Jump to main content
Jump to site search

Issue 1, 2012
Previous Article Next Article

A programmable transducer self-assembled from DNA

Author affiliations

Abstract

A transducer consists of an input/output alphabet, a finite set of states, and a transition function. From an input symbol applied to a given state, the transition function determines the next state, and an output symbol. Using DNA, we have constructed a transducer that divides a number by 3. The input consists of a series of individually addressable 2-state DNA nanomechanical devices that control the orientations of a group of flat 6-helix DNA motifs; these motifs have edge domains tailed in sticky ends corresponding to the numbers 0 and 1. Three-domain DNA molecules (TX tiles) act as computational tiles that correspond to the transitions that the transducer can undergo. The output domain of these TX tiles contains sticky ends that also correspond to 0 or 1. Two different DNA tiles can chelate these output domains: a 5 nm gold nanoparticle is attached to the chelating tile that binds to 0-domains and a 10 nm gold nanoparticle is attached to the chelating tile that binds to 1-domains. The answer to the division is represented by the series of gold nanoparticles, which can be interpreted as a binary number. The answers of the computation are read out by examination of the transducer complexes under a transmission electron microscope. The start or end points of the output sequence can be indicated by the presence of a 15 nm gold nanoparticle. This work demonstrates two previously unreported features integrated in a single framework: a system that combines DNA algorithmic self-assembly with DNA nanomechanical devices that control that input, and the arrangement of non-DNA species, here metallic nanoparticles, through DNA algorithmic self-assembly. The nanomechanical devices are controlled by single-stranded DNA strands, allowing multiple input sequences to be applied to the rest of the system, thus guiding the algorithmic self-assembly to a variety of outputs.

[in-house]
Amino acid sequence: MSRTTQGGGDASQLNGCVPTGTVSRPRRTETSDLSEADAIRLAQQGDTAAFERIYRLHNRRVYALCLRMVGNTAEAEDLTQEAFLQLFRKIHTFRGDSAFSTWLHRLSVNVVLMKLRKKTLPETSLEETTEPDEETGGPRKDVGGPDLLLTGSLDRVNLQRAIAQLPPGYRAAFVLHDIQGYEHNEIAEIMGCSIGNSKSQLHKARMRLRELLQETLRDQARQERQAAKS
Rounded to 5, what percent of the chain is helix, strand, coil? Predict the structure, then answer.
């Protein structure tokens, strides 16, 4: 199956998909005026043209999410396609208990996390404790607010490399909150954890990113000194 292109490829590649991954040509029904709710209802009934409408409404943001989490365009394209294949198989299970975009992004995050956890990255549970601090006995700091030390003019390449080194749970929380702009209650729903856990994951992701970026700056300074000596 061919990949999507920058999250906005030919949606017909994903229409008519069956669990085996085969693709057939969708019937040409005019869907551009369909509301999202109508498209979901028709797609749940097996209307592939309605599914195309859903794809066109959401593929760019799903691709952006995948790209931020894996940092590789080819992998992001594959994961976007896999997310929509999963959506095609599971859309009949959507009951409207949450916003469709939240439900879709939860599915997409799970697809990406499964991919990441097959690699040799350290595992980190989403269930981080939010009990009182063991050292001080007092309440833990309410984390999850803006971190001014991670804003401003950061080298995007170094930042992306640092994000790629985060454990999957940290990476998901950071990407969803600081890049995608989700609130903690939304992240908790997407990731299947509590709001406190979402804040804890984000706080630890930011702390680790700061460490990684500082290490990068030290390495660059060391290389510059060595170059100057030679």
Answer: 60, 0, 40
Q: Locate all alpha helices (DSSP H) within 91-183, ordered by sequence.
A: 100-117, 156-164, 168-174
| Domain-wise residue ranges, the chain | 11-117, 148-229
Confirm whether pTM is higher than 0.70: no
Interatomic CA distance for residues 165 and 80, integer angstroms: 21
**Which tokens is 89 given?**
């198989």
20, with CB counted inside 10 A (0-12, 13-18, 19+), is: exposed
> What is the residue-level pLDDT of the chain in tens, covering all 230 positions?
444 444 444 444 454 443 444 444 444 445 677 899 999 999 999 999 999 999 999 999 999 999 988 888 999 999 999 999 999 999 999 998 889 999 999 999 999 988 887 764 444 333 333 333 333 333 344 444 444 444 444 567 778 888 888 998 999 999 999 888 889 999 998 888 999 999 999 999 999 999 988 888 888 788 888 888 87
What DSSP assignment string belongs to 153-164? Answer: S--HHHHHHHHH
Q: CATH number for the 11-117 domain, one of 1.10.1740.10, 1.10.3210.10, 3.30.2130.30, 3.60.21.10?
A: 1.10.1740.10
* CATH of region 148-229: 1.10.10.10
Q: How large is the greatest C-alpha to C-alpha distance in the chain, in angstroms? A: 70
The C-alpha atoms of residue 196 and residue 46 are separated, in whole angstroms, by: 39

Graphical abstract: A programmable transducer self-assembled from DNA

Back to tab navigation

Supplementary files

Publication details

The article was received on 31 Jul 2011, accepted on 24 Oct 2011 and first published on 10 Nov 2011


Article type: Edge Article
DOI: 10.1039/C1SC00523E
Citation: Chem. Sci., 2012,3, 168-176
  •   Request permissions

    A programmable transducer self-assembled from DNA

    B. Chakraborty, N. Jonoska and N. C. Seeman, Chem. Sci., 2012, 3, 168
    DOI: 10.1039/C1SC00523E

Search articles by author

Spotlight

Advertisements